To take federal stimulus money for your state or not to take it.
That is the big question for Democratic and Republican governors in town for the National Governors Association meeting this weekend.
Democrats claim those Republican governors who turn down money from President Barack Obama's $787 billion stimulus package are "fringe" Republicans eager to score political points. The head of the Republican governors says the Democrats are out of touch.
Governors at the conference played down a split in Republican ranks over the stimulus plan, which will send billions to states for education, health care and transportation. Louisiana Gov. Bobby Jindal, a likely 2012 presidential contender, has said he would reject a portion of the money aimed at expanding state unemployment insurance.
Criticism rooted in politics?
Mississippi Gov. Haley Barbour has said he may do so as well, as has South Carolina Gov. Mark Sanford. Alaska Gov. Sarah Palin, the party's 2008 vice presidential nominee, has also criticized the stimulus plan but traveled to Washington last month to press for Alaska's share of the money. Palin, busy with her state's legislative session, did not attend the NGA meeting.
Florida Republican Gov. Charlie Crist, also a potential 2012 contender and strong supporter of the stimulus plan, said the criticism leveled by other Republicans was not rooted in politics.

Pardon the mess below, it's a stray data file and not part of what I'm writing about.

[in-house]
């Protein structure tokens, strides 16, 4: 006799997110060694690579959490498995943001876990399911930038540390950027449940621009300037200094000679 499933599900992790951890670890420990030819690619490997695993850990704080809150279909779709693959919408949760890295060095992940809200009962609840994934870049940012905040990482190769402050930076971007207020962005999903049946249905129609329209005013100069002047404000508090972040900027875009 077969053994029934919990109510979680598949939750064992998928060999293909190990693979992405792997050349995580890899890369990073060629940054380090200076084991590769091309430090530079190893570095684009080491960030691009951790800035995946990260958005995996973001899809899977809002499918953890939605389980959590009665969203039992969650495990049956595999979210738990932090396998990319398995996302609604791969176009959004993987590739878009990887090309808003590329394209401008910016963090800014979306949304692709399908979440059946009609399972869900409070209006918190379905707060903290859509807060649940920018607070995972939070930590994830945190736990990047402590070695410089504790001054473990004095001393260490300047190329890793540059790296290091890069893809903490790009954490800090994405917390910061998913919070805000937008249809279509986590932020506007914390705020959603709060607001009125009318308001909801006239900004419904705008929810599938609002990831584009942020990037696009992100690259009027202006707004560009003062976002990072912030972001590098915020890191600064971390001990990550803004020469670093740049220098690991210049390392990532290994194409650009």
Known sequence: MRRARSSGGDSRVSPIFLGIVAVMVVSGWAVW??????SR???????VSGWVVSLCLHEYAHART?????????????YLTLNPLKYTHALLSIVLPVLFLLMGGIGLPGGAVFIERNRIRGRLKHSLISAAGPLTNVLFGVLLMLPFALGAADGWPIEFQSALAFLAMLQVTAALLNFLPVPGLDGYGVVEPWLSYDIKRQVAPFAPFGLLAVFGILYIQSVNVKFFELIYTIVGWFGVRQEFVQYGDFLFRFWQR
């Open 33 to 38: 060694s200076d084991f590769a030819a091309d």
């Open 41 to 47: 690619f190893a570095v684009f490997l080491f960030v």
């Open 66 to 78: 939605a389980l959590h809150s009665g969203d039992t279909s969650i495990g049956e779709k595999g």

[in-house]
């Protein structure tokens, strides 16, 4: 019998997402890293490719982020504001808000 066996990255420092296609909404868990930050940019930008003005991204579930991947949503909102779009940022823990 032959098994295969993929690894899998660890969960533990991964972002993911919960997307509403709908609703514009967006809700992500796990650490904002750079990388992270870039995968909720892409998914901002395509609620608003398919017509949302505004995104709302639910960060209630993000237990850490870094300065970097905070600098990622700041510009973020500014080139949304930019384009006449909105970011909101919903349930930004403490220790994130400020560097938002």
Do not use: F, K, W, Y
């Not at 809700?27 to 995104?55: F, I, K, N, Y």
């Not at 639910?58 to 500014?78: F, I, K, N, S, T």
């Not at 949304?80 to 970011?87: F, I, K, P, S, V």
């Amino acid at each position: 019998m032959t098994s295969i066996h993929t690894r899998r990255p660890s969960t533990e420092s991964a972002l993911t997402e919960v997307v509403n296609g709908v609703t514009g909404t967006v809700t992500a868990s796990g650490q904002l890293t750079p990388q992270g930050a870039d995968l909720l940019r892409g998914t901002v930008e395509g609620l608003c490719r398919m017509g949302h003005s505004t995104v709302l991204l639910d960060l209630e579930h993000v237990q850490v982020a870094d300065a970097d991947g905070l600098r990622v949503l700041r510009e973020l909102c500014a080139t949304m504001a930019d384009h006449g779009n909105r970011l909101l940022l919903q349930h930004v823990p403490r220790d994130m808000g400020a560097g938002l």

"I don't know that it's a partisan issue. It's different people, different CEOs — governors — who have a different perspective on how it would impact their states," Crist said in an interview. "I know it has a positive impact on Florida. A lot of that money has been paid to the federal treasury by my fellow Floridians and they deserve to get it back."
At issue for Jindal and Barbour is a provision in the stimulus bill that could allow people ineligible for unemployment benefits to receive them anyway. That could eventually force a tax increase on employers, both governors have said.
'Fringe' party members
Some Democrats took a harder line at a press conference arranged by the Democratic Governors Association to praise Obama for his leadership on the stimulus. DGA Chairman Brian Schweitzer of Montana and Maryland Gov. Martin O'Malley dismissed the Republican detractors as "fringe" party members eager to score political points.
"All of us are committed to working with President Obama to pull our nation's economy out of the ditch that George W. Bush ran it into," O'Malley said. "If some of the fringe governors don't want to do that, they need to step aside and not stand in the way of the nation's interests."
The line drew a rebuke from Sanford, the Republican Governors Association chairman.
"I think in this instance I would humbly suggest that the real fringe are those that are supporting the stimulus," Sanford said. "It is not at all in keeping with the principles that made this country great, not at all in keeping with economic reality, not in keeping with a stable dollar, and not in keeping with the sentiments of most of this country."